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The home test is negative, but could I still have Covid?

What does a negative result on a home Covid-19 test really mean?

That’s the question that has confounded many people who have reached for a home test because they have a sore throat, cough or runny nose. After swabbing their nose and waiting an anxious 15 minutes, the result is negative.

While there’s relief in getting a negative result, there’s also uncertainty. Am I really free of Covid? Or did the test just not detect it? Should I test again? Can I spend time with other people?

The confusion is justified, say testing and public health experts. It stems from a lack of understanding about how the tests work. Rapid home antigen tests look for pieces of viral proteins from a swab of your nose, and they are designed to identify whether you have an infectious level of the virus. But a negative test is not a guarantee you don’t have Covid.

It could be that your symptoms are an immune response signaling the arrival of Covid or another invader. The harder your immune system is working to tamp down the virus, particularly an immune system supercharged by vaccine antibodies, the more likely you are to get an early negative result on a rapid test, even if you’re infected.

I tested positive. Now what?

If you’re around other people when you get the bad news, the first thing you should do is put on a mask. Then, isolate yourself as quickly as possible, even if you don’t have symptoms and even if you are vaccinated.

Once you take a deep breath and have a moment, think about where you’ve been and who might have inhaled your germs. Then, let your employer know. Many workplaces have protocols for contact tracing when an employee tests positive. You should also alert anyone with whom you’ve spent time, going back at least two days before you got tested or started having symptoms, said Dr. Paul Sax, an infectious disease expert at Brigham and Women’s Hospital and a professor at Harvard Medical School. The C.D.C. defines a close contact as anyone who was less than six feet from you for 15 minutes or more.

Don’t forget to also tell your doctor, if you have one, particularly if you have an underlying medical condition, like high blood pressure or diabetes, that puts you at higher risk.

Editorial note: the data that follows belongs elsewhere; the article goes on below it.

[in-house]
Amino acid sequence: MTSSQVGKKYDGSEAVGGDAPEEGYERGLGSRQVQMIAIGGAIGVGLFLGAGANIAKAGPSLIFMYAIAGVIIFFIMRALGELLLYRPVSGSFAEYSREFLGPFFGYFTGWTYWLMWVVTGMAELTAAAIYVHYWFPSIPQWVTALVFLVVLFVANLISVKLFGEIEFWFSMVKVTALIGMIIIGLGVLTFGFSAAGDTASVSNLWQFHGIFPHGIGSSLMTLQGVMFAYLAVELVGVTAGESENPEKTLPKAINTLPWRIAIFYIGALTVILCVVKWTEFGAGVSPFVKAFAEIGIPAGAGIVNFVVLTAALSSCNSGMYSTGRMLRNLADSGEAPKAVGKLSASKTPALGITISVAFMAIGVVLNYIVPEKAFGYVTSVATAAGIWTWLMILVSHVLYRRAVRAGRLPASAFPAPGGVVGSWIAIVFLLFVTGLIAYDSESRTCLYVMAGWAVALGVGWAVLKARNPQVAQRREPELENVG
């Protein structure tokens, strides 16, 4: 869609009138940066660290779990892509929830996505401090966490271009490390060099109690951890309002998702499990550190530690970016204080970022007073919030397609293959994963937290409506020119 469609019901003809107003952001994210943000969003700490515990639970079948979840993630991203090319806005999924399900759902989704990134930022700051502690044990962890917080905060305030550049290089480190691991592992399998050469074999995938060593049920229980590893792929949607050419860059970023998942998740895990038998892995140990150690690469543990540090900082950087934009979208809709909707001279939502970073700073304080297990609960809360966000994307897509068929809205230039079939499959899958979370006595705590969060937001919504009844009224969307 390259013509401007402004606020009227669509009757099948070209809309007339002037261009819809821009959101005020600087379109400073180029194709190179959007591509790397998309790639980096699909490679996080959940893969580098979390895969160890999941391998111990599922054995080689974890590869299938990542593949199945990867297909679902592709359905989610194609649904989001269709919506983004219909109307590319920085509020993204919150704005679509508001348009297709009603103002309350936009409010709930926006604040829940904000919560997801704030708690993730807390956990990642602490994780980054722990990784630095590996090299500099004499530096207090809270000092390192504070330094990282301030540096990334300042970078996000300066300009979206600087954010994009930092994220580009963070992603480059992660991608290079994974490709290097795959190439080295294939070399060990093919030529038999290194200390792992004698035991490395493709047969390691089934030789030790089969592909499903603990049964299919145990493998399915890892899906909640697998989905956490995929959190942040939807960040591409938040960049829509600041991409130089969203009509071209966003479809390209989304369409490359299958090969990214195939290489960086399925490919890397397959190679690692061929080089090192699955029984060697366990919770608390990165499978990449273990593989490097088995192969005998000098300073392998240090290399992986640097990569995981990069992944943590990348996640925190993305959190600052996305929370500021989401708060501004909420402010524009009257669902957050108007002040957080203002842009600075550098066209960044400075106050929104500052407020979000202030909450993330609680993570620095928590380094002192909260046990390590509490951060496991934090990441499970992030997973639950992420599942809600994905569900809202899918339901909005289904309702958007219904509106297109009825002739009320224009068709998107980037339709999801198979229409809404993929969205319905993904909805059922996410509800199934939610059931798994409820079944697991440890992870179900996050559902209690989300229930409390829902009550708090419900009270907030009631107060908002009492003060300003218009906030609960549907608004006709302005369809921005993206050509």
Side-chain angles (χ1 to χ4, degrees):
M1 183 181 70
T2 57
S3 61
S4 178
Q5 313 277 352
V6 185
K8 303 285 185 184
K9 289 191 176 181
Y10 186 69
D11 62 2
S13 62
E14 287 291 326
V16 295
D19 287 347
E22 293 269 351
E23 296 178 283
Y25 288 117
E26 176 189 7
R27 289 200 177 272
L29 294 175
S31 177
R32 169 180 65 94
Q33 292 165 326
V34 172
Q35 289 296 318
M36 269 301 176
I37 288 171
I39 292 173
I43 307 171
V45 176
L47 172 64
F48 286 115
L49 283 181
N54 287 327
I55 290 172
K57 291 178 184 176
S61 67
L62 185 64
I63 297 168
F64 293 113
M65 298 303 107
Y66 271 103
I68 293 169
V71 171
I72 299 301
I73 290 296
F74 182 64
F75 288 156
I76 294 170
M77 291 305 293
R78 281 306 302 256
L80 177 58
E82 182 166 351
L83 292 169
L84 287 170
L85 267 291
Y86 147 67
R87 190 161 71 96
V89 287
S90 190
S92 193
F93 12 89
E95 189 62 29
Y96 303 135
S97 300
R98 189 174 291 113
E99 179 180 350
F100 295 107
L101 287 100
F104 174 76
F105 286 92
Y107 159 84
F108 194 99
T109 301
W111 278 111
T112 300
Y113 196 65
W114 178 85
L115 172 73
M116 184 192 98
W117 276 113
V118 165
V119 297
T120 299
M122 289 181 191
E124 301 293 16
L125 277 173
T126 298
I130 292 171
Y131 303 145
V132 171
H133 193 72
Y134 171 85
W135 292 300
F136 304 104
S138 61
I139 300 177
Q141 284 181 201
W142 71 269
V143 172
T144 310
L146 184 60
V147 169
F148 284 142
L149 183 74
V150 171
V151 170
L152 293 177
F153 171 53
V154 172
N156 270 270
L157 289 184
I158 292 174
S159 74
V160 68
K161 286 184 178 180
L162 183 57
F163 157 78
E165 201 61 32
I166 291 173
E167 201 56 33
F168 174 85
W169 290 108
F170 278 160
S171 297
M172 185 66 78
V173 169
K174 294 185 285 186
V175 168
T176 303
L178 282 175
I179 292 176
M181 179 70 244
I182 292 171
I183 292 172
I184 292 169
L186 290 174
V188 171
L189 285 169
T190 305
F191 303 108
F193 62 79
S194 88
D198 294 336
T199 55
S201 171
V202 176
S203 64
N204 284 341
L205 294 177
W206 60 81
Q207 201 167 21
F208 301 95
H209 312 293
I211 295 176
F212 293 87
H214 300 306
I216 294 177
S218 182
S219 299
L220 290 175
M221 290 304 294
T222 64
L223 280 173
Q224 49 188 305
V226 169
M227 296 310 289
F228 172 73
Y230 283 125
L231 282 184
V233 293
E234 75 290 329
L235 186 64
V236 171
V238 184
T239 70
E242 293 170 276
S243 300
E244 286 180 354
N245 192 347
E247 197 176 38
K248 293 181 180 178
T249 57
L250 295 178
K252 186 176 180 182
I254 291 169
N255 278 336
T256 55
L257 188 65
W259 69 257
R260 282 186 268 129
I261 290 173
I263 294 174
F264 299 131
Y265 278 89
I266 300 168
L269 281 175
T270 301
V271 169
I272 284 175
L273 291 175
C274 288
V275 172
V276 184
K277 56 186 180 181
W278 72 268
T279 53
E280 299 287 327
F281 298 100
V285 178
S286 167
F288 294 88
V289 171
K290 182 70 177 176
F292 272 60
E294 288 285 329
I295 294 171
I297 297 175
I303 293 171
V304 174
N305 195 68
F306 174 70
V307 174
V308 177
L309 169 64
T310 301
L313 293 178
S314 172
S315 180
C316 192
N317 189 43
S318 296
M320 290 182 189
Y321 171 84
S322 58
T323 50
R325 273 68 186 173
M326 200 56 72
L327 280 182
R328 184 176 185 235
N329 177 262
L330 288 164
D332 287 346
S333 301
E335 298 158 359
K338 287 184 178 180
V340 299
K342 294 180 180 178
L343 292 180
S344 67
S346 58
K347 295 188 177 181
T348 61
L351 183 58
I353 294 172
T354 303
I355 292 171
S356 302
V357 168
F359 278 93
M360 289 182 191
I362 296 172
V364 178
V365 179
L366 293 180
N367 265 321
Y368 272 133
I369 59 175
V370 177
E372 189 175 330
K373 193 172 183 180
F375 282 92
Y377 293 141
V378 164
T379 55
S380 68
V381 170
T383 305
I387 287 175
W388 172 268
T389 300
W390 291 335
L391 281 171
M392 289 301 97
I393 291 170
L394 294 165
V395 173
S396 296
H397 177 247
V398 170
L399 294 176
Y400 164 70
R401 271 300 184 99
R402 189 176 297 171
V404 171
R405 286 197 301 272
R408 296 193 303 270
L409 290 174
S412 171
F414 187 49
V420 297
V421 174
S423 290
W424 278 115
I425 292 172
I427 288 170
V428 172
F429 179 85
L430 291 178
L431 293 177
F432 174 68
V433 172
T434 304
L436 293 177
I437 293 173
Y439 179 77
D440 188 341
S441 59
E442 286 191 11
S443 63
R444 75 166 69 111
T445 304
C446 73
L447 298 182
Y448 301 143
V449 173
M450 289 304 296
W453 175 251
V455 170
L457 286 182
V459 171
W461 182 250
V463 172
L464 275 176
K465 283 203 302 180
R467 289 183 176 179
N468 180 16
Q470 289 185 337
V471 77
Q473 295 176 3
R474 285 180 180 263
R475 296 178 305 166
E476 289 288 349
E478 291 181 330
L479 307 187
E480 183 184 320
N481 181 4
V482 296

If your child tests positive, call the pediatrician. You also need to call your child’s school as well as anyone with whom your child has had close contact with at play dates, parties or other activities.

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What antiviral treatments are available and do I qualify for them?

There are two oral antiviral therapies currently available to treat Covid-19 in the United States.

One, called Paxlovid, was developed by Pfizer and was the first oral treatment authorized for high risk Covid-19 patients ages 12 and older in December. It is prescribed as three pills taken twice a day for five days.

The second drug, called molnupiravir, was developed by Merck and was granted emergency use authorization just one day after the Pfizer treatment in December. Molnupiravir treatment consists of four pills taken twice a day for five days and is available for high-risk adults ages 18 and up.

The Food and Drug Administration has also cleared an intravenous antiviral medication from Gilead Sciences called remdesivir, which is sold under the brand name Veklury, but it is most often administered at a clinic or an infusion center.

To get these treatments you must test positive with a P.C.R. or rapid test. This can be done at home, at a regular health care provider’s office, at a testing site or at one of the pharmacy chains, community health centers, long-term-care facilities or Veterans Affairs clinics participating in the “test to treat” program.

How long will my immunity last after getting Covid?

Before Omicron, reinfections were rare. A team of scientists, led by Laith Abu-Raddad at Weill Cornell Medicine-Qatar, estimated that a bout with Delta or an earlier coronavirus strain was roughly 90 percent effective in preventing a reinfection in both vaccinated and unvaccinated people. “But Omicron really changed that calculus,” said Dr. Abu-Raddad, an infectious disease epidemiologist.

After Omicron emerged, prior infections only provided about 50 percent protection against reinfection, Dr. Abu-Raddad’s study showed. The coronavirus had acquired so many mutations in its spike protein that newer versions became more transmissible and better able to evade immunity. That means you can catch a version of Omicron after recovering from an older, non-Omicron variant. You can even get sick with one of the newer Omicron subvariants after getting over a different version of it.

Other factors also increase your vulnerability to reinfection, starting with how long it has been since you had Covid. Immune defenses tend to wane after an infection. A study published in October 2021 estimated that reinfection could occur as soon as 3 months after contracting Covid-19. While these findings were based on the genome of the coronavirus and accounted for expected declines in antibodies that could fight off the virus, the study did not account for new variants like Omicron that were radically different from older variants. Because of how different Omicron is, your protection may wane even sooner. In a study published in February that has not yet been peer-reviewed, scientists from Denmark found that some people got reinfected with the BA.2 sublineage of Omicron as soon as 20 days after they got infected with the original Omicron BA.1.